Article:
If you go back the entire impact of that was $6.2 million last, third quarter of last year. We’re seeing a much, much smaller impact of that continuing deduction probably around $300,000 that’s rolling into this quarter. So there may be a minor affect going forward as we continue with these repair deductions, but I don’t believe it’s going to be terribly significant on a go forward basis.

Martin Kropelnicki

One thing I would add to that Spencer. The company has always been very good at tax compliance and over the last couple of years we've been building up our efforts on cash planning and looking forward. So tax laws change all the time. And we have a very, very good tax team that's always looking at the changes in laws. And of course we’re looking at things that we can do to enhance the company’s position and our tax position going forward.

Spencer Joyce - Hilliard Lyons

Okay.

Thomas Smegal

Sorry Spencer, just to continue the answer, just one final thought on this is, remember that we do have the rate case going forward and these tax items do get recognized in the rate cases. And so as we go to the 2014 adoption of the 2012 rate case that has in it compensation to the rate payers for the federal and state tax deductions for the remainder of [here]. So that's going to be included in rate on a go forward basis.

Spencer Joyce - Hilliard Lyons

Okay. Yeah. That part makes sense. I know you all referenced then effective tax rate expected for this year of 32 to 35, if I’m thinking correctly that number should trend a little bit higher in ‘14 based on what you said about the recurring nature or non-recurring nature of some of this stuff?

Thomas Smegal

That’s right. At this point we would expect 2014 to be a normal tax year with really about a 39% to 42% tax rate.

Spencer Joyce - Hilliard Lyons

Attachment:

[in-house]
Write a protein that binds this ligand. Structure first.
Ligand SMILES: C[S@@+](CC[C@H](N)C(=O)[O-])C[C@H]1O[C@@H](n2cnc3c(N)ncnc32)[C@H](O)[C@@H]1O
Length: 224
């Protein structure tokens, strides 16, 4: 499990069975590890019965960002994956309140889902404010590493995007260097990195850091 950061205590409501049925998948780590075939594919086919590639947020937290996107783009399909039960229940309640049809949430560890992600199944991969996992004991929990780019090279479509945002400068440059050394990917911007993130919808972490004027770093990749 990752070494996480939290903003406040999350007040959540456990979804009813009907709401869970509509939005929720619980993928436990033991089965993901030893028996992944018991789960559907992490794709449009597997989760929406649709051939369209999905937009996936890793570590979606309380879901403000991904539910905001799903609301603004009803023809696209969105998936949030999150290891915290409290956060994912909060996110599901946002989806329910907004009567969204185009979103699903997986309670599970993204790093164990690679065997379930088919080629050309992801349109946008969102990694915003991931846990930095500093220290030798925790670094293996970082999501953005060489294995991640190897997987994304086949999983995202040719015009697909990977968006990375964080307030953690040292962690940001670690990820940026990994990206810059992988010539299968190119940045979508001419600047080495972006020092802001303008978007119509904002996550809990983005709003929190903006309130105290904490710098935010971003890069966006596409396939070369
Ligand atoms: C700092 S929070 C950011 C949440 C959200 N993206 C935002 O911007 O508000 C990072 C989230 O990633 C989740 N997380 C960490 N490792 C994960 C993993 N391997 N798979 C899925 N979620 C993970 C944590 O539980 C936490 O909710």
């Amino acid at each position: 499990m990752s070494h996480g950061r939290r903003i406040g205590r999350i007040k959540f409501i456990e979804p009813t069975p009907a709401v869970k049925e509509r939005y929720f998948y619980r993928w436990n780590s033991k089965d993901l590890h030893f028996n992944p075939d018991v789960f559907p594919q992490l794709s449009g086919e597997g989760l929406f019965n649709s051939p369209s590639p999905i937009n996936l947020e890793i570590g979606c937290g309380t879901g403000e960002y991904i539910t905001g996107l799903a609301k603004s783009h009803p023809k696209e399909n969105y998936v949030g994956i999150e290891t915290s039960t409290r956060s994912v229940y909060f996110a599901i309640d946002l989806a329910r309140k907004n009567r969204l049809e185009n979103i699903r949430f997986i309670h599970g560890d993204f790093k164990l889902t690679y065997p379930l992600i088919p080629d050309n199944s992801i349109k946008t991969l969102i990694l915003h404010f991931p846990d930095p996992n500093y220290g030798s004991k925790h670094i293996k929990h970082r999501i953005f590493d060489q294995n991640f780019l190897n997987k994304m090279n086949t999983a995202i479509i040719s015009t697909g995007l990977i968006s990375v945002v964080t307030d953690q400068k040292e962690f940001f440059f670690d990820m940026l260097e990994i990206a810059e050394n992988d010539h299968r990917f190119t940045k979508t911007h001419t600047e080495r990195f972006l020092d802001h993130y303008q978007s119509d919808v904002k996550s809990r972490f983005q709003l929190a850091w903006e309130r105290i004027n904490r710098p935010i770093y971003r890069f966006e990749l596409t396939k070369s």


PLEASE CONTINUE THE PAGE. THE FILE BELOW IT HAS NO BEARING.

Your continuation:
Okay, fantastic. Switch gears here just for a second, can you talk about what’s going on in Hawaii, Washington or New Mexico I know we’ve all been really focused on California in the rate case here over the past couple of quarters. But just in a broad sense talk about some of the growth opportunities or what maybe going on in some of those other jurisdictions?

Martin Kropelnicki

Sure. Paul, do you want to give an update on Hawaii?

Paul Townsley

I can give an update on the regulatory issues in Hawaii. We currently have four separate rate cases in process employee. One of them is for our Pukalani District on Maui and three of them are for our White Kohala District on the Big Island. Of those four we’ve been making good progress. We’ve been negotiating with the consumer [advocate] out there on settlements. And at this point we have two of those four cases have been settled. And we are awaiting commission approval on those. And the other two cases are still in process of settlement negotiations. But we’ve got a team working on it. And I think we are making good progress on those.

Thomas Smegal

And in terms of the other states New Mexico which is as a percent of our total business is small. They have a mechanism in New Mexico somewhat like a disk where we can essentially raise rates about 7% a year. We have to file [contastrophy] go into effect. Right now we are in the process of doing our planning for 2014. So for New Mexico and Washington we have to see where they are from a rate relief perspective. And then we’ll determine our next steps there. But the big one for us has really been Hawaii. And one of the benefits one of things we [wish] to know when we hired Paul, as Paul is actually born and raised in Hawaii. So he helps us bring a local presence to the rate cases over there.

Spencer Joyce - Hilliard Lyons